JP: PMI Composite


Thu Jul 02 20:35:00 CDT 2015

Actual Previous
Composite - Level 51.5 51.6
Services - Level 51.8 51.5

Highlights
Business conditions in the service sector improved in June. Activity increased at the fastest rate since September last year, alongside a sharper rise in new orders. Subsequently, prospects towards activity over the coming year strengthened. Employment levels, on the other hand, declined for the first time in three months, albeit fractionally. Meanwhile, cost burdens were evident, as input costs increased and at the fastest rate this year so far.

The June reading was 51.8, up from 51.5 in May, for the business activity Index signaling further positive improvements in business conditions at Japanese services companies. Business activity has increased in every month during the second quarter of the year. Furthermore, the latest reading was the highest since September last year.

Meanwhile, the rate of improvement in operating conditions at Japanese goods producers weakened in June. That said, the composite output index indicated a sustained expansion in overall activity by posting at 51.5 in June, which was in line with the average over the past two years. New business at service sector providers rose for the third consecutive month in June. Moreover, the rate of growth reached a seven-month high and was solid overall. Panelists mentioned a rise in international clients and an improvement in the domestic economy leading to an increase in new work intakes. In contrast, manufacturers reported a contraction in new orders.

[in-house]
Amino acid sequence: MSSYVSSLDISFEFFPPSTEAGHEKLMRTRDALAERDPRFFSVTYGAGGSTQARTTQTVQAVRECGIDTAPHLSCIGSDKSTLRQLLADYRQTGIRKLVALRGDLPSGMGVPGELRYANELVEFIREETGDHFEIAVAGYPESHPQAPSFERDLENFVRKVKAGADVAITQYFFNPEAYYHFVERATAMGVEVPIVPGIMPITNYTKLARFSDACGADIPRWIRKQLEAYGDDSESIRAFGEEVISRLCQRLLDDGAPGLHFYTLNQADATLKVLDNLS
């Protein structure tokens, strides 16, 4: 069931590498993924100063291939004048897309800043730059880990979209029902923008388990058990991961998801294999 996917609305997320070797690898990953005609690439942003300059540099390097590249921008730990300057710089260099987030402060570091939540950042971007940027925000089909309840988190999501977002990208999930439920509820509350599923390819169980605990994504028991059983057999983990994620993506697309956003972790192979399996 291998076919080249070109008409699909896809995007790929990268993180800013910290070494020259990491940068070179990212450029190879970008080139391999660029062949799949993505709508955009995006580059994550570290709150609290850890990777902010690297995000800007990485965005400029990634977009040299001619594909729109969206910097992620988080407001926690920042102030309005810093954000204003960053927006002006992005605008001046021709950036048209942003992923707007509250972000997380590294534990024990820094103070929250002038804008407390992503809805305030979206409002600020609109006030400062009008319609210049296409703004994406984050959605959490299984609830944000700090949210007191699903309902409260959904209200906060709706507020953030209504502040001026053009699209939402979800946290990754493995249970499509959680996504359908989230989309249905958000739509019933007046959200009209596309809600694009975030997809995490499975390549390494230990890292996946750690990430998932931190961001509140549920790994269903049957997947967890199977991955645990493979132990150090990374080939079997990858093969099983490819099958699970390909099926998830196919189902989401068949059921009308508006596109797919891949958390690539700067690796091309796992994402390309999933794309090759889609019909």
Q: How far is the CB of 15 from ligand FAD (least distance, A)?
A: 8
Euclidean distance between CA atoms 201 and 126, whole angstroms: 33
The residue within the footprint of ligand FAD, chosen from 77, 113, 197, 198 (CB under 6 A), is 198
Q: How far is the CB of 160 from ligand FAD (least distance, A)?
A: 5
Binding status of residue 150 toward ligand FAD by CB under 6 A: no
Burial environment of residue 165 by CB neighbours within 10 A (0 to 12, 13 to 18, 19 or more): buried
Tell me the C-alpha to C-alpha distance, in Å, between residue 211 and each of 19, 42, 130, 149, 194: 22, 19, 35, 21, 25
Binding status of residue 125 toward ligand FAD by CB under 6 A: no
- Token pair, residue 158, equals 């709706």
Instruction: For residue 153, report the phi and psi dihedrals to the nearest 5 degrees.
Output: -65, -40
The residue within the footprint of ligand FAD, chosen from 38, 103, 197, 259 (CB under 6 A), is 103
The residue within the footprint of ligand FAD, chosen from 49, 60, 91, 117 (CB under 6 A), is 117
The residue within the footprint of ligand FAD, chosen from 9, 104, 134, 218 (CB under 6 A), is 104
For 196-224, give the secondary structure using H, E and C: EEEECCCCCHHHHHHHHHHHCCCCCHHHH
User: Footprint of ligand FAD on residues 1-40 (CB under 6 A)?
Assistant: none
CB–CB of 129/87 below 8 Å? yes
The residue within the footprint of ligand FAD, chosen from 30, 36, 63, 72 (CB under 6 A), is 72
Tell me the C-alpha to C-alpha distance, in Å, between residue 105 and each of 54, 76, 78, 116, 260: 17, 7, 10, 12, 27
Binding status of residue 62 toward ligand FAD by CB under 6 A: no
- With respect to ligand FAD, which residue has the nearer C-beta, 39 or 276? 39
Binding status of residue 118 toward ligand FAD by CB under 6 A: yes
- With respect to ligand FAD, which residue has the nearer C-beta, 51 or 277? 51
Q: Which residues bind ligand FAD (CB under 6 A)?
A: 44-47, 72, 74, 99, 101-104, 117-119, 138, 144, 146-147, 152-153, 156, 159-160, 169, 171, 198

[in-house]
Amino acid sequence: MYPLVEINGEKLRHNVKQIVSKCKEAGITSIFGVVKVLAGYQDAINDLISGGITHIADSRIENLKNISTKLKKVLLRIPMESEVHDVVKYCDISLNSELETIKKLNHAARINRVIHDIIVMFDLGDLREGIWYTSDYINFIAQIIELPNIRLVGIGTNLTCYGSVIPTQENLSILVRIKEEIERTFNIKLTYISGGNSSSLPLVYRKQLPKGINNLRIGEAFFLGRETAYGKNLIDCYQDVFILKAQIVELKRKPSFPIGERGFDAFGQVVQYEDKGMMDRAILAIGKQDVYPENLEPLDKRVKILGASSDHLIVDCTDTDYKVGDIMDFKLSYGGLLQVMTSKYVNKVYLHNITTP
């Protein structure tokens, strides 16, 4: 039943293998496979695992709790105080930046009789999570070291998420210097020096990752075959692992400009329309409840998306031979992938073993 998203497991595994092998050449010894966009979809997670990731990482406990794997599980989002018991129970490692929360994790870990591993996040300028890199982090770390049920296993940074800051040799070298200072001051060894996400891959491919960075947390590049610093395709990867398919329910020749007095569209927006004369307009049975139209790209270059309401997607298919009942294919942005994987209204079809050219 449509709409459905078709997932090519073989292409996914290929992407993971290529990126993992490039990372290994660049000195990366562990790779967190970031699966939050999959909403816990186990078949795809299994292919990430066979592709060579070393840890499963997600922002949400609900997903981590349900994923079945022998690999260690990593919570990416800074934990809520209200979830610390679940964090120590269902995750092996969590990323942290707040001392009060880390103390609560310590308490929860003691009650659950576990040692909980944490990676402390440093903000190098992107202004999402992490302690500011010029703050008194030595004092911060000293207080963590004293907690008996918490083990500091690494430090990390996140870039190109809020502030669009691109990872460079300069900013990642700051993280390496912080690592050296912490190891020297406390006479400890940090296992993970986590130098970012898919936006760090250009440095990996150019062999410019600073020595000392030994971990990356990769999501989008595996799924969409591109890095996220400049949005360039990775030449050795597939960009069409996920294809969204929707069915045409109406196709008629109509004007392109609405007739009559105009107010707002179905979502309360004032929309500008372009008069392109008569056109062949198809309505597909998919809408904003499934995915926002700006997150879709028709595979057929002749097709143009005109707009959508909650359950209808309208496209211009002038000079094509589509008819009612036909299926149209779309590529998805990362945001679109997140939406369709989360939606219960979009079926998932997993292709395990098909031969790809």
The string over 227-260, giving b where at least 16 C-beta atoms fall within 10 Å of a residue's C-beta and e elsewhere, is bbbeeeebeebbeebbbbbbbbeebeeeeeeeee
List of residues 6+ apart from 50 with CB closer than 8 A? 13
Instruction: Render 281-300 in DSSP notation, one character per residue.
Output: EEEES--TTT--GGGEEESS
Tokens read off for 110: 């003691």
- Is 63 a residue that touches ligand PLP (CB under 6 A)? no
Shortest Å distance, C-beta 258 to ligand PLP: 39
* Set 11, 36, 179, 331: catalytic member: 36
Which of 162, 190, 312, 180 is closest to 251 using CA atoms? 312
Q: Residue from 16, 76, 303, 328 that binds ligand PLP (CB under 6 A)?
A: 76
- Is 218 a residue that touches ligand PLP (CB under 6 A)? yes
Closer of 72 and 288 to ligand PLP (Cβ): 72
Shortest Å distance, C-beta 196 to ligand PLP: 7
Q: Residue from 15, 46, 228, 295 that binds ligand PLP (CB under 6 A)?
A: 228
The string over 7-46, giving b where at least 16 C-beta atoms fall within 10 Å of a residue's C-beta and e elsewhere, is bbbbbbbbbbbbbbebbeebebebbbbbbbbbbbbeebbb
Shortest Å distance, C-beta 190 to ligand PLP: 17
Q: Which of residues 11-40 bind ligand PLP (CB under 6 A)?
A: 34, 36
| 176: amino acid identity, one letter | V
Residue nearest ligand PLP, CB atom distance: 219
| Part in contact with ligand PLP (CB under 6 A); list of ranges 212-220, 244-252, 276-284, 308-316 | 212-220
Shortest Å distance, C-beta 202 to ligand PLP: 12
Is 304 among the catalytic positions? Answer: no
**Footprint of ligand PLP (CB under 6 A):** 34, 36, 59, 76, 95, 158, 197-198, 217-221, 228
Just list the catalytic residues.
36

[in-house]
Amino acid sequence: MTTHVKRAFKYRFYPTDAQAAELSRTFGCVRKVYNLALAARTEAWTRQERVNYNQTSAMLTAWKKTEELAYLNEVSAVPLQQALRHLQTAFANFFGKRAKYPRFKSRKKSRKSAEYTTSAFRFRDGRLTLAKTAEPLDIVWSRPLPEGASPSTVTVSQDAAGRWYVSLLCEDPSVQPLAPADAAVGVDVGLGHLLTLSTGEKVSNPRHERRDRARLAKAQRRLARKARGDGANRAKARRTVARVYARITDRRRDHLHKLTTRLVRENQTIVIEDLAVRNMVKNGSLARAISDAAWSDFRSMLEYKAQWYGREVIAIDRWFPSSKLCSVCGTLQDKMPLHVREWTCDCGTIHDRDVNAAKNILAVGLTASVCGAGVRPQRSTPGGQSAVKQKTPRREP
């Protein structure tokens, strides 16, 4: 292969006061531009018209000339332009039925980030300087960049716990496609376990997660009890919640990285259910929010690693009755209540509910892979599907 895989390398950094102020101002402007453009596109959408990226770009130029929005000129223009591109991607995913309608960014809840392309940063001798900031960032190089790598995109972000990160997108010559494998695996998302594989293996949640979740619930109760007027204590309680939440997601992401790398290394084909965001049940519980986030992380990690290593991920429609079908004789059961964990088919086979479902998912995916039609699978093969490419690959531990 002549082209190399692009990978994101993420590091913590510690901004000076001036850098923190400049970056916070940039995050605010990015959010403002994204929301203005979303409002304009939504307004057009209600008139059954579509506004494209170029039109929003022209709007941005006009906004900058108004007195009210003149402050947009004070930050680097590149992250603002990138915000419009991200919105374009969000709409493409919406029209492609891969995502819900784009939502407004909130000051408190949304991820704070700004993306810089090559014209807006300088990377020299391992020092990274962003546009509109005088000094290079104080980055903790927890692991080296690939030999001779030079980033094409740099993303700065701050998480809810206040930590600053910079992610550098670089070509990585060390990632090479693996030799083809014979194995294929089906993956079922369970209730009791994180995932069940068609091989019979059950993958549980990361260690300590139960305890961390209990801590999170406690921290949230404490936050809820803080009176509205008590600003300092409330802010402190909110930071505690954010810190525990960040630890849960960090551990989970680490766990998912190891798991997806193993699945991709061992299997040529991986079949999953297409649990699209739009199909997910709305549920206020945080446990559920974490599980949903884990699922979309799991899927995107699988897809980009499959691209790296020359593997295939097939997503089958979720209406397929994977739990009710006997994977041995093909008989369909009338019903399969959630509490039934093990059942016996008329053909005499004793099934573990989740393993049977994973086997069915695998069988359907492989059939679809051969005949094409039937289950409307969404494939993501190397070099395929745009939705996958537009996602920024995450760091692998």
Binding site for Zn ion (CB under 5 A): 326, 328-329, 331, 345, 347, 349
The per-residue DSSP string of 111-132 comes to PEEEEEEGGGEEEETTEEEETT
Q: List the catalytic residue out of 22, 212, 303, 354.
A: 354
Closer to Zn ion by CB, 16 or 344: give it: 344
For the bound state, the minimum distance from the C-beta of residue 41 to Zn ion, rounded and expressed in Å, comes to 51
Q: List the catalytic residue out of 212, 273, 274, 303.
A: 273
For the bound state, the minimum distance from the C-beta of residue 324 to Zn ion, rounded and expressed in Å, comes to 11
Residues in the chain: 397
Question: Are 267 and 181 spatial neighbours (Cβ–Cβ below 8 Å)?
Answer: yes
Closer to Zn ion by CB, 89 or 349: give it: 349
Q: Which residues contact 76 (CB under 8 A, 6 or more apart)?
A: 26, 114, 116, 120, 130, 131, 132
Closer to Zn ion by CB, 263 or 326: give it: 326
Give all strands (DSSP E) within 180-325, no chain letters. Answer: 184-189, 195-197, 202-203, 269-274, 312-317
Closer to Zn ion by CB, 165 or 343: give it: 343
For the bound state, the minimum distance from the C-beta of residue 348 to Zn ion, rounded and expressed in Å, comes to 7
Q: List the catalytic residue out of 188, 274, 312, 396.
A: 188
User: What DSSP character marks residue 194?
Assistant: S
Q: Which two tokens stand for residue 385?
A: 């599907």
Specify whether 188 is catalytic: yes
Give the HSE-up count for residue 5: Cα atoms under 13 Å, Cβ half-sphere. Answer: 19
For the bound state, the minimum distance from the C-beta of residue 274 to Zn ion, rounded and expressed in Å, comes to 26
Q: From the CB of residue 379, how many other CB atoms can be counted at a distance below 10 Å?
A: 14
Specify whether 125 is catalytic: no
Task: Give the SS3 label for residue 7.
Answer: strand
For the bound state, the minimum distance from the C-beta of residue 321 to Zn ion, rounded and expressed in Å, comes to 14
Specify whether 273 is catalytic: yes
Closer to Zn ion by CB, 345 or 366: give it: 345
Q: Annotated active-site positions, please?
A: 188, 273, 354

Definition
Survey responses reflect the change, if any, in the current month compared to the previous month based on data collected mid-month. For each of the indicators the 'Report' shows the percentage reporting each response, the net difference between the number of higher/better responses and lower/worse responses, and the 'diffusion' index. This index is the sum of the positive responses plus a half of those responding 'the same'.

Description
Investors need to keep their fingers on the pulse of the economy because it dictates how various types of investments will perform. By tracking economic data such as the purchasing managers' manufacturing indexes, investors will know what the economic backdrop is for the various markets. The stock market likes to see healthy economic growth because that translates to higher corporate profits. The bond market prefers less rapid growth and is extremely sensitive to whether the economy is growing too quickly and causing potential inflationary pressures.